New York’s Democrat Gov. Andrew Cuomo is probably most famous for sending COVID patients to nursing homes and those most vulnerable to the virus. READ: More than 6,300 COVID-19 patients were sent into New York nursing homes, state report reveals
So, when Gov. Cuomo recently implemented COVID-1984 restrictions limiting church attendance in certain areas of the state to 10 or 25, a Catholic Church and two Jewish synagogues challenged Cuomo in court.
The US Supreme Court just ruled in favour of the religious groups noting:
The Daily Wire explains:
The recent confirmation of President Trump-appointed Justice Amy Coney Barrett has resulted in its first Supreme Court outcome, and it relates to the first protected liberty specified in the Bill of Rights: the free exercise of religion.
In a 5-4 ruling late Wednesday night, the Supreme Court backed a religious challenge to Democratic New York Gov. Andrew Cuomo’s restrictions limiting attendance at religious services. The majority ruling enjoins enforcement of the restrictions while the applicants pursue appellate review. The ruling highlights the lack of evidence that the applicants — the Roman Catholic Diocese of Brooklyn, two Jewish synagogues, and an Orthodox Jewish organization — have contributed to the spread of the virus and questions the rationale of the specifics of Cuomo’s restrictions, which limited services to just 10 and 25 occupants for red and orange zones, respectively.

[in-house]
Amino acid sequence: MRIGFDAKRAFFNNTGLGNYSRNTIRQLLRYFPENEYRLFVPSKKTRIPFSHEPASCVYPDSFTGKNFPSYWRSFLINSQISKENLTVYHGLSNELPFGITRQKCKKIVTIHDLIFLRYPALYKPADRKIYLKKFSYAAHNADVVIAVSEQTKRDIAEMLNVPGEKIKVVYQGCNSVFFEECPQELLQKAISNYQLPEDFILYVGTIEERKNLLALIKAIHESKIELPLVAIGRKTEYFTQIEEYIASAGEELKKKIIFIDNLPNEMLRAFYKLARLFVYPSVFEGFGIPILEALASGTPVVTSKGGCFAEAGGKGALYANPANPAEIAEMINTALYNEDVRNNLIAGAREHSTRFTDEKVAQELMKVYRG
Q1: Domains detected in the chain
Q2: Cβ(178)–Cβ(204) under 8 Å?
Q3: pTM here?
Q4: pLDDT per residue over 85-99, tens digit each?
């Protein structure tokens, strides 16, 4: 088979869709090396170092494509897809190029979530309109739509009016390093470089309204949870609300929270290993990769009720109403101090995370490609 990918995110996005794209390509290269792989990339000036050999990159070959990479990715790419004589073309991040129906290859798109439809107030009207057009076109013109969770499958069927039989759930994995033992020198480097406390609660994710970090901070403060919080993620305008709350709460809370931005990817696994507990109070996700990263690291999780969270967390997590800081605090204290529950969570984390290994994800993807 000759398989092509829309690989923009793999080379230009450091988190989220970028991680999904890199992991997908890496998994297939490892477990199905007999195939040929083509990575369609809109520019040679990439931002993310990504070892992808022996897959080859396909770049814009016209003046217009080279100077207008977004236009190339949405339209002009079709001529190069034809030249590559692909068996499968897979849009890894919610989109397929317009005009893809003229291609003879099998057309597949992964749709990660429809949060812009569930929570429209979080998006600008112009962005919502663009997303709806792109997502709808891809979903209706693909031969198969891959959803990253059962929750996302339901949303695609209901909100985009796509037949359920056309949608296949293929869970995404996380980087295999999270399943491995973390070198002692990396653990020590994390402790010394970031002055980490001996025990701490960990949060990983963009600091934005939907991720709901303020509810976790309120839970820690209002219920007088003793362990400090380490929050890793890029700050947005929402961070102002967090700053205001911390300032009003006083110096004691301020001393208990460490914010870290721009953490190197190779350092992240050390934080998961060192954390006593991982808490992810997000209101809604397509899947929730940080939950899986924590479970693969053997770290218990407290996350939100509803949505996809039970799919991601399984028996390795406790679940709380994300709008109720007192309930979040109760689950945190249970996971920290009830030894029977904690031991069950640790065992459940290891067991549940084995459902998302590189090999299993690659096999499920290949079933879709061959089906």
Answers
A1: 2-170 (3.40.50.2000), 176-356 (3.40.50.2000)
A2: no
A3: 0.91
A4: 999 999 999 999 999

Newsmax noted the difference that Amy Coney Barrett’s addition to the Supreme Court made in the decision:
The justices split 5-4 with new Justice Amy Coney Barrett in the majority. It was the conservative’s first publicly discernible vote as a justice. The court’s three liberal justices and Chief Justice John Roberts dissented.
The move was a shift for the court. Earlier this year, when Barrett’s liberal predecessor, Justice Ruth Bader Ginsburg, was still on the court, the justices divided 5-4 to leave in place pandemic-related capacity restrictions affecting churches in California and Nevada.